Monday, 6 June 2011

Looking For A Steal

June has arrived with rain which can only mean one thing: we’re once again on the verge of Murray mania. As the world’s elite prepare to descend on the lawns of Wimbledon in the coming weeks, we can be quietly confident that once again the nation’s optimists – from north and south of the border – are preparing to descend on the grass of Murray Mound, ready to cheer on their champion elect.

We can be just as sure that the nation’s cynics are also making their preparations. If you listen carefully you can already hear them sharpening their pencils and jostling for position to be the first to tear Murray to shreds, ready to scapegoat him for the failure of a generation and to castigate him for his careless handling of the nation’s hopes year after year. God forbid he should actually win – how disappointing that would be for the hacks when they find they cannot just copy and paste from yesteryear’s articles.

In fairness, when it comes to tennis there does seem to be a perennial sense of déjà-vu. Although – in fairness – much of that stems from the majestic tennis that has been played over the past decade by a new cohort of stars who have combined pace and power with a deft touch and a vision of the game that had seemed to elude their immediate predecessors (the match-up in the final this weekend just gone a case in point). There were of course stars in the 90s; players who rose to become not just giants of tennis but of sport as a whole. Together they introduced a new ferocity to the sport, exemplified by serves of awesome power that pushed titles out of the reach of previous champions who had triumphed through a more delicate, perhaps craftier style of play.

But today, a new breed of tennis player led by Messrs Federer and Nadal can claim to have brought the craft back – only with the power still turned up to ten. The sport’s headlines may have become somewhat predictable with the near strangle-hold that Roger and Rafael have placed upon the Grand Slam events in recent years, but the action itself has remained captivating and anything but routine.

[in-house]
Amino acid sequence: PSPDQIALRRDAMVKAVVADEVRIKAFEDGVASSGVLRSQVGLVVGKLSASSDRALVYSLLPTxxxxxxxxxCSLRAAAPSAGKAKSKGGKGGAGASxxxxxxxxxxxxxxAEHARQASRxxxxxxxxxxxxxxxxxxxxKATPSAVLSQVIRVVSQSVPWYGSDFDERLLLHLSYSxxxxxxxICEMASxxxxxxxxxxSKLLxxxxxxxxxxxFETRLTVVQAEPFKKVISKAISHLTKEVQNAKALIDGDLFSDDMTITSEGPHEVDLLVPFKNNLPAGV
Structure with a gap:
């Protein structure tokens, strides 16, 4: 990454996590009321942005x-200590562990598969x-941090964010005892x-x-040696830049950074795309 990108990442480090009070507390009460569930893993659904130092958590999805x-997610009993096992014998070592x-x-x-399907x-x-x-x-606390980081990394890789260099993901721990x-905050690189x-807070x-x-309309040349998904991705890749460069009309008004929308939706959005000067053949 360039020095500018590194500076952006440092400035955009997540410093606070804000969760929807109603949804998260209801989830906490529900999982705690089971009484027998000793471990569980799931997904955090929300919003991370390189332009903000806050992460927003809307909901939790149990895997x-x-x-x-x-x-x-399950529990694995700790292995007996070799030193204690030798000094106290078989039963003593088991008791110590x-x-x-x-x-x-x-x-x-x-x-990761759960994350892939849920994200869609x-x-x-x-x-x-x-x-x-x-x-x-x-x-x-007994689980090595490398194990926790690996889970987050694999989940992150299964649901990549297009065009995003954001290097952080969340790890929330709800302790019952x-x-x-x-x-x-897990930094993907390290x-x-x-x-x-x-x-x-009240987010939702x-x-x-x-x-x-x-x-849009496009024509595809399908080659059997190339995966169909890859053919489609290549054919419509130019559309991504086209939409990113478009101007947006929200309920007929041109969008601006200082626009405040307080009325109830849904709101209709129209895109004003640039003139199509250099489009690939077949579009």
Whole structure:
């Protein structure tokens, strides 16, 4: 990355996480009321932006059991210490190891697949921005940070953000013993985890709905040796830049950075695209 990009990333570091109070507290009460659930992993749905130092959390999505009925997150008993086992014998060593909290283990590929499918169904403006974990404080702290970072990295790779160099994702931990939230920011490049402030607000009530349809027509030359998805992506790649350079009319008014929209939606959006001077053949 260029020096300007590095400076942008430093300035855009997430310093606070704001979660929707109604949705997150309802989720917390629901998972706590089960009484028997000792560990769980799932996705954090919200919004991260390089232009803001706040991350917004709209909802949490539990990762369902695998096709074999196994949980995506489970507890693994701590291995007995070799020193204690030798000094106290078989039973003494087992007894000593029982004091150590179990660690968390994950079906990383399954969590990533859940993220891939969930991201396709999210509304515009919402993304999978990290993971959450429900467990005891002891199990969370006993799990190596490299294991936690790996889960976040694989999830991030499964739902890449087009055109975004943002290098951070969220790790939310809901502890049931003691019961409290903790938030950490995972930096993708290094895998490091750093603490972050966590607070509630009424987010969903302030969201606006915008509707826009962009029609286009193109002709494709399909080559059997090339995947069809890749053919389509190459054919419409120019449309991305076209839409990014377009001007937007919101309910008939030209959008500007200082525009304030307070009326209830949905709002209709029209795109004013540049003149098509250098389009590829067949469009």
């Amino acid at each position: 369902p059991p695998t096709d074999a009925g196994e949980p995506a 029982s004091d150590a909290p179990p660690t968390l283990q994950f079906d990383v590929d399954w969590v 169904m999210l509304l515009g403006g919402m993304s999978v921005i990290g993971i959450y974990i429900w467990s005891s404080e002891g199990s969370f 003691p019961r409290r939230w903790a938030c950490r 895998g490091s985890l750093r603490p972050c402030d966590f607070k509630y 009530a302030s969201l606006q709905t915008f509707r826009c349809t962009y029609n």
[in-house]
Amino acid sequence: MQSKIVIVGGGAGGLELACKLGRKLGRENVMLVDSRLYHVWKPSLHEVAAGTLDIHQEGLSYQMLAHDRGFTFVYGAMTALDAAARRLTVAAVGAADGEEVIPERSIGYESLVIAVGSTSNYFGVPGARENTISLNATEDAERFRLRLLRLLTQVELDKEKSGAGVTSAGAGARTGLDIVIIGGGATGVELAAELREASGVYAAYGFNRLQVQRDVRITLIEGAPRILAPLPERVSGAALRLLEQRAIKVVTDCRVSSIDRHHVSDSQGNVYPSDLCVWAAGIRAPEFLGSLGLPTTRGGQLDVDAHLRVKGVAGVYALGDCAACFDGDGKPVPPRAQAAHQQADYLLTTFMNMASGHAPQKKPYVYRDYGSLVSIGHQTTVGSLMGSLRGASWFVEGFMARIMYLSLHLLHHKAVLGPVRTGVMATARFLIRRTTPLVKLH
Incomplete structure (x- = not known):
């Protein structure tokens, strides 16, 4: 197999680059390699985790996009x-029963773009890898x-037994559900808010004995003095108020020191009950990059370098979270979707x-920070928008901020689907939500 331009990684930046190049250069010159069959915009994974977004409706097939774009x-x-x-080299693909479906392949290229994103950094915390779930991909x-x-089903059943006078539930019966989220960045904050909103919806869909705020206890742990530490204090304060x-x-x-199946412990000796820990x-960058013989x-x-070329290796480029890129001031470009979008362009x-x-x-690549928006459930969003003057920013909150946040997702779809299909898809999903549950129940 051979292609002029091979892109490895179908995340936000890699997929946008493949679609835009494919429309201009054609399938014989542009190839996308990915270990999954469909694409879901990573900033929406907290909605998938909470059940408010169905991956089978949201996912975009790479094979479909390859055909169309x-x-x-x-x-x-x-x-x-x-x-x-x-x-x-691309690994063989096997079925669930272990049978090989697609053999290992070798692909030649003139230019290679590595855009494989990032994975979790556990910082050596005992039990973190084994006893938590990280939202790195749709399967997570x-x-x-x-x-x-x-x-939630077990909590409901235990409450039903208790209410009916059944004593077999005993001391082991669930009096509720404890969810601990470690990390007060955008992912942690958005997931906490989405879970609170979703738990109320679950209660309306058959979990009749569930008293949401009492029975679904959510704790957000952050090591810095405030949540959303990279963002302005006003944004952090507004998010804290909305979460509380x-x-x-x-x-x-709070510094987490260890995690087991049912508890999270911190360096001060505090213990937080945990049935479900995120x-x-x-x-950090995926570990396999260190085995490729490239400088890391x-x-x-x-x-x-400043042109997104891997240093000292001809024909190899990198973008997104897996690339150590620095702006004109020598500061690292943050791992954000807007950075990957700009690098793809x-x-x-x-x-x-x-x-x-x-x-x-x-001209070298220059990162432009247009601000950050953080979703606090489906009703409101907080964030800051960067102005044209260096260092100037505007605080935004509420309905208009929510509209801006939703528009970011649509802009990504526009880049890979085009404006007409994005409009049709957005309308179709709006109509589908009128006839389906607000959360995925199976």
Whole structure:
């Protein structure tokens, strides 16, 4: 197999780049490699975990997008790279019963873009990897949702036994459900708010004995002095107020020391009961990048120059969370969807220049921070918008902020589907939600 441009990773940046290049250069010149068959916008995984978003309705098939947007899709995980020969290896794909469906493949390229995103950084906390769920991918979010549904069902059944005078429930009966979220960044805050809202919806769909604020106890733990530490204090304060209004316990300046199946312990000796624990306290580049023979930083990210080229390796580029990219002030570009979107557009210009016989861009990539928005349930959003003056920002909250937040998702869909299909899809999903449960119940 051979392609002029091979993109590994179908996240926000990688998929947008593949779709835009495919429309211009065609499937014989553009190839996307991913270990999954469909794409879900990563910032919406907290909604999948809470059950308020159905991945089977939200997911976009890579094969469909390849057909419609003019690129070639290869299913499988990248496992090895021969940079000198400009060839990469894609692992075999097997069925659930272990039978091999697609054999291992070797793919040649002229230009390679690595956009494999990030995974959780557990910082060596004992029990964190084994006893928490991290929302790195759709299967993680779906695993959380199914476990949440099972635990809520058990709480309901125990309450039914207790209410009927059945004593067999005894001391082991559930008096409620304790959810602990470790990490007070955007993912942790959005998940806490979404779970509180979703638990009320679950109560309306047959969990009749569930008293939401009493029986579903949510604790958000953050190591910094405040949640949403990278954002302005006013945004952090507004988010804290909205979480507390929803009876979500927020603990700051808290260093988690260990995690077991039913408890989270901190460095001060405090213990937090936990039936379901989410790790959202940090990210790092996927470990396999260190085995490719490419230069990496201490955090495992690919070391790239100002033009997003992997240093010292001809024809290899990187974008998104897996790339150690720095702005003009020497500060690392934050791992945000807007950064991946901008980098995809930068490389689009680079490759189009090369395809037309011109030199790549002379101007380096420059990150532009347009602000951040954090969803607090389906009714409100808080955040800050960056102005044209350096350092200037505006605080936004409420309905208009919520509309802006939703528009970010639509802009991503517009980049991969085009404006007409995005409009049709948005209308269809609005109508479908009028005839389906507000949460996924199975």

Andy Murray should rightly be considered part of that cohort that has rekindled levels of interest, beauty and excitement in the men’s game. He’s not been right at the forefront, admittedly, but has certainly played more than a bit part in the drama which has unfolded in recent years. The tag of precocious talent ready to upstage the masters may be shorn, but his credentials as a serious player remain intact and he will almost certainly have further opportunities to steal the show on the main stage.

‘Steal it’ is what you feel he will need to do – certainly the company he keeps at the top of the game renders the unbridled optimism and expectation placed upon his shoulders rather unfair. It’s not going to be handed to him on a plate. Equally, that same esteemed company makes the regular criticism he faces seem somewhat unreasonable too.

Somewhat unreasonable. I dislike the lazy journalism that loves to make a story by waiting for someone to trip up and then shoot them when they are down and I am an admirer of what Murray has managed to achieve so far – but I do wonder, as a lot of the criticism seems to focus on, whether he has it within his character to go out and ‘steal’ a major title.

We’ll have another chance to find out over the next month. I may not be taking my place with the faithful fans on Murray Mound, but I do know who I will be cheering for. Come on, Andy!

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